Researchers are embarking on an ambitious project to bring part of Iraq's destroyed heritage back to life.
Over the past few years the world has watched as ISIS (also known as the Islamic State) has destroyed historical monuments and committed acts of genocide in Iraq and Syria. While the group labels itself "Islamic," they've been destroying both Islamic and Christian holy sites along with sites that predate the founding of both religions, said archaeologist Clemens Reichel, a curator at Toronto's Royal Ontario Museum, in a presentation he gave last spring.
However, thanks to the Iraq travels of Amir Harrak, a professor at the University of Toronto, researchers have a chance to bring a bit of this destroyed heritage back online. Harrak is a native of Mosul (he left in 1977), a city that has been under the ISIS control for more than a year.
Between 1997 and 2014, Harrak made several trips to cultural heritage sites throughout Iraq, cleaning and recording engraved inscriptions that date between the seventh and 20th centuries. During a trip to Mosul in 2014, he recorded inscriptions and art at the monastery of Mar Behnam. ISIS fighters captured the city and monastery in June 2014, but Harrak managed to leave before they arrived. Since then, the militant group has destroyed the monastery along with many sites in Mosul and other parts of Iraq. [See Photos of Iraq Heritage Sites Taken by Harrak]
Because of this destruction, the photographs he took during these trips (about 700 in total) have become scientifically irreplaceable. He's now working with the Canadian Centre for Epigraphic Documents (CCED) to create an online database of all the inscriptions, which will allow new research on them and, despite the destruction, allow more people to see them than ever before.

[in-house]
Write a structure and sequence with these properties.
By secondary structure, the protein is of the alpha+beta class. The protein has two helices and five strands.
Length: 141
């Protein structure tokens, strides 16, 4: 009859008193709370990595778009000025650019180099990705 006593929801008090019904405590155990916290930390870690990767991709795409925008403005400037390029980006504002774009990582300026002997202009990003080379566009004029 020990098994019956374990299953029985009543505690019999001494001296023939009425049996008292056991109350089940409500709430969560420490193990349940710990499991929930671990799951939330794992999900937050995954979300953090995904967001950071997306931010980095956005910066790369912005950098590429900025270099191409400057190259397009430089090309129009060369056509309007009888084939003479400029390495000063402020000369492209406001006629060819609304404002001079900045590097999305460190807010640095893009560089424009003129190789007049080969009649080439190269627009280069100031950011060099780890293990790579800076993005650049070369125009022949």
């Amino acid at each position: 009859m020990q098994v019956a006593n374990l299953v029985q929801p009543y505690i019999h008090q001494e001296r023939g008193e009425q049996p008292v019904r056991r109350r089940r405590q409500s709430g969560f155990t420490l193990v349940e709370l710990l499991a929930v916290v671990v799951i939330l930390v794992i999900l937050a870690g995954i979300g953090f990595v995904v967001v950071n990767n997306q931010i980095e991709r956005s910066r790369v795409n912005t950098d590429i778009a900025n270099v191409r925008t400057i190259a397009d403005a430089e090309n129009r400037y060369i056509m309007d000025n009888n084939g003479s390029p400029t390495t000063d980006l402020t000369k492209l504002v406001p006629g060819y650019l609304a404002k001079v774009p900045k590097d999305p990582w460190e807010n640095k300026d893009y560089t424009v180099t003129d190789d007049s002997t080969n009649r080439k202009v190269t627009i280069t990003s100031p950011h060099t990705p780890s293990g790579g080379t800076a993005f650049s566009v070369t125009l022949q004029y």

"Much if not most of our [photographic] collection may be the only extant copies of now-damaged or lost inscriptions," said CCED director Colin Clarke. "While ISIL is knocking this down, we're here in Canada putting it back up and to even a wider audience than it's ever seen."
Harrak told Live Science that, in the years before the 2003 American invasion, the country was suffering from economic embargoes; but the security situation was stable and he could move freely. "I traveled north, south, east and west without any hindrance," when carrying documentation from the university and permission from Iraqi officials, he said.
He worked to photograph as many inscriptions as he could. Some of the inscriptions were already in poor shape and he had to clean them carefully before photographing them. "There [is] dust in my body from those inscriptions to make them really clear [so that] I could photograph," Harrak said.
The inscriptions were written in a variety of languages. Many of them were in Syriac, a dialect of Aramaic that was commonly used by Christians in Iraq from ancient to modern times. (Harrak is an expert in this dialect.) There are also many inscriptions in Garshuni, a script that records the Arabic language in Syriac letters. [Photos: New Archaeological Discoveries in Northern Iraq]